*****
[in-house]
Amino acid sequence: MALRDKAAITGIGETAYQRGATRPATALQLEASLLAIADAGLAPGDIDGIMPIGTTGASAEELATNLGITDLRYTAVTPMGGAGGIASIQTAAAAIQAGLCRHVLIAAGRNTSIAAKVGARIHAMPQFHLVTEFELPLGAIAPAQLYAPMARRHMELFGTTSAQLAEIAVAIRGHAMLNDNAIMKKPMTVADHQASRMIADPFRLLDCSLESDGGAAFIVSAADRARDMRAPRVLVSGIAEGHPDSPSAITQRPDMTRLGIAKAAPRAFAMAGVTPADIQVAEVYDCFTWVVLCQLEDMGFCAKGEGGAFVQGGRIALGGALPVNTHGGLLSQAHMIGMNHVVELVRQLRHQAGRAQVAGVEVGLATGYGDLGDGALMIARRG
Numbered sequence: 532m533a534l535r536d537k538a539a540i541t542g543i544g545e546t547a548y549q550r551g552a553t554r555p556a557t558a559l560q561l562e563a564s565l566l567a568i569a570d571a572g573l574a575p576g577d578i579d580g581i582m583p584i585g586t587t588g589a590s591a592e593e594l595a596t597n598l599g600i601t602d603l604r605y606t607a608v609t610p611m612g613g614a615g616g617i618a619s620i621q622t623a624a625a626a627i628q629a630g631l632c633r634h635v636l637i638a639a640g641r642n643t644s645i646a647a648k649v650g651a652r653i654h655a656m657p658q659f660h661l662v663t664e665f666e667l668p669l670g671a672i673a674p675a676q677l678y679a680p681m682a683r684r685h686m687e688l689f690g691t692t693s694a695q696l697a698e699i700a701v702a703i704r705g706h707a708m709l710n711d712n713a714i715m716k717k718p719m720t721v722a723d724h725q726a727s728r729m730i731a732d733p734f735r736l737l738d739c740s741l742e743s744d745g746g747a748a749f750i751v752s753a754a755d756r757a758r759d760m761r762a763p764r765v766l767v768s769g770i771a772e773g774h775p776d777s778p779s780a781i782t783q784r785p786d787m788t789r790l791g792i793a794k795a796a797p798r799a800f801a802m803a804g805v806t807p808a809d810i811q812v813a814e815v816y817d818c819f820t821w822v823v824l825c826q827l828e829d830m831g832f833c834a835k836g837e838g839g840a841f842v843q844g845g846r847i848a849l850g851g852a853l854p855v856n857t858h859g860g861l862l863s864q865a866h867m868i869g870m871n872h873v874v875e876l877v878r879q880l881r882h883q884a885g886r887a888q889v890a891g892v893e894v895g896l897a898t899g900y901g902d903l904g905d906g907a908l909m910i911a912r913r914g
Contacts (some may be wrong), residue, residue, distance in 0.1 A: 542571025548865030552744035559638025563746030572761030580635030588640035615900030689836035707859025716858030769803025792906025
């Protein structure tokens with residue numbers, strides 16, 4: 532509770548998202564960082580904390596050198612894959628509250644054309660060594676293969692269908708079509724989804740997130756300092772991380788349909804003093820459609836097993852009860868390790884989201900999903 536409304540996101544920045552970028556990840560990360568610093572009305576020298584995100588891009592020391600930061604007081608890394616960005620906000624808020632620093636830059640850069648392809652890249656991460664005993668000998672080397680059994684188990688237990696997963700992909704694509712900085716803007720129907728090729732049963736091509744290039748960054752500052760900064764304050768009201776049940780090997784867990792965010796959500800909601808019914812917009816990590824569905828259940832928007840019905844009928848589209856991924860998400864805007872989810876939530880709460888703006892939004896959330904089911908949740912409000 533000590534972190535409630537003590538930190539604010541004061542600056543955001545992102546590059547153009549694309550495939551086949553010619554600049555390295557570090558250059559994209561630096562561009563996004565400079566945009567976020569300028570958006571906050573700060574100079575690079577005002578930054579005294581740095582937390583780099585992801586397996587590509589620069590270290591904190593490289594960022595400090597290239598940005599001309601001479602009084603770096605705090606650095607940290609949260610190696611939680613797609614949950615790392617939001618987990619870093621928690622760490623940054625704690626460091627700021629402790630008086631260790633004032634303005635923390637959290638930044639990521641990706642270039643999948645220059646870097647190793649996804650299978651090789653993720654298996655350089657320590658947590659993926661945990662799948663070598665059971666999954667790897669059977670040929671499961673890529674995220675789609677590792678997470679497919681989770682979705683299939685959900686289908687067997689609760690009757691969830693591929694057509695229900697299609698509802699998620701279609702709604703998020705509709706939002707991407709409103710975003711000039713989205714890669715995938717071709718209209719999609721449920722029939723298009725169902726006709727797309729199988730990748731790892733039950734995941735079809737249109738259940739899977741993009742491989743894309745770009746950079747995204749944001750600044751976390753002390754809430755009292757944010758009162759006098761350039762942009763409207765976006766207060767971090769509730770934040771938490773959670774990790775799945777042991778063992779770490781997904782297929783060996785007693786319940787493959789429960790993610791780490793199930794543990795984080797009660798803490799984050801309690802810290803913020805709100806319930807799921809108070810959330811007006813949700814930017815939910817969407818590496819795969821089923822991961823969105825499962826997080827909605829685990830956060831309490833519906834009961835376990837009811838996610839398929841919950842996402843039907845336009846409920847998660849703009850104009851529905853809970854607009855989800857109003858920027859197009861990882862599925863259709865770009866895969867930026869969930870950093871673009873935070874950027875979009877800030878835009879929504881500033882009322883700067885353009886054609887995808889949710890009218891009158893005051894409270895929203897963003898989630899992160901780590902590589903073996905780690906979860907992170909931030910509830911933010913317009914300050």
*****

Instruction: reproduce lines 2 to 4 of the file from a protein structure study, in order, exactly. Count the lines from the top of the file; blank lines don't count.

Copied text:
Amino acid sequence: MALRDKAAITGIGETAYQRGATRPATALQLEASLLAIADAGLAPGDIDGIMPIGTTGASAEELATNLGITDLRYTAVTPMGGAGGIASIQTAAAAIQAGLCRHVLIAAGRNTSIAAKVGARIHAMPQFHLVTEFELPLGAIAPAQLYAPMARRHMELFGTTSAQLAEIAVAIRGHAMLNDNAIMKKPMTVADHQASRMIADPFRLLDCSLESDGGAAFIVSAADRARDMRAPRVLVSGIAEGHPDSPSAITQRPDMTRLGIAKAAPRAFAMAGVTPADIQVAEVYDCFTWVVLCQLEDMGFCAKGEGGAFVQGGRIALGGALPVNTHGGLLSQAHMIGMNHVVELVRQLRHQAGRAQVAGVEVGLATGYGDLGDGALMIARRG
Numbered sequence: 532m533a534l535r536d537k538a539a540i541t542g543i544g545e546t547a548y549q550r551g552a553t554r555p556a557t558a559l560q561l562e563a564s565l566l567a568i569a570d571a572g573l574a575p576g577d578i579d580g581i582m583p584i585g586t587t588g589a590s591a592e593e594l595a596t597n598l599g600i601t602d603l604r605y606t607a608v609t610p611m612g613g614a615g616g617i618a619s620i621q622t623a624a625a626a627i628q629a630g631l632c633r634h635v636l637i638a639a640g641r642n643t644s645i646a647a648k649v650g651a652r653i654h655a656m657p658q659f660h661l662v663t664e665f666e667l668p669l670g671a672i673a674p675a676q677l678y679a680p681m682a683r684r685h686m687e688l689f690g691t692t693s694a695q696l697a698e699i700a701v702a703i704r705g706h707a708m709l710n711d712n713a714i715m716k717k718p719m720t721v722a723d724h725q726a727s728r729m730i731a732d733p734f735r736l737l738d739c740s741l742e743s744d745g746g747a748a749f750i751v752s753a754a755d756r757a758r759d760m761r762a763p764r765v766l767v768s769g770i771a772e773g774h775p776d777s778p779s780a781i782t783q784r785p786d787m788t789r790l791g792i793a794k795a796a797p798r799a800f801a802m803a804g805v806t807p808a809d810i811q812v813a814e815v816y817d818c819f820t821w822v823v824l825c826q827l828e829d830m831g832f833c834a835k836g837e838g839g840a841f842v843q844g845g846r847i848a849l850g851g852a853l854p855v856n857t858h859g860g861l862l863s864q865a866h867m868i869g870m871n872h873v874v875e876l877v878r879q880l881r882h883q884a885g886r887a888q889v890a891g892v893e894v895g896l897a898t899g900y901g902d903l904g905d906g907a908l909m910i911a912r913r914g
Contacts (some may be wrong), residue, residue, distance in 0.1 A: 542571025548865030552744035559638025563746030572761030580635030588640035615900030689836035707859025716858030769803025792906025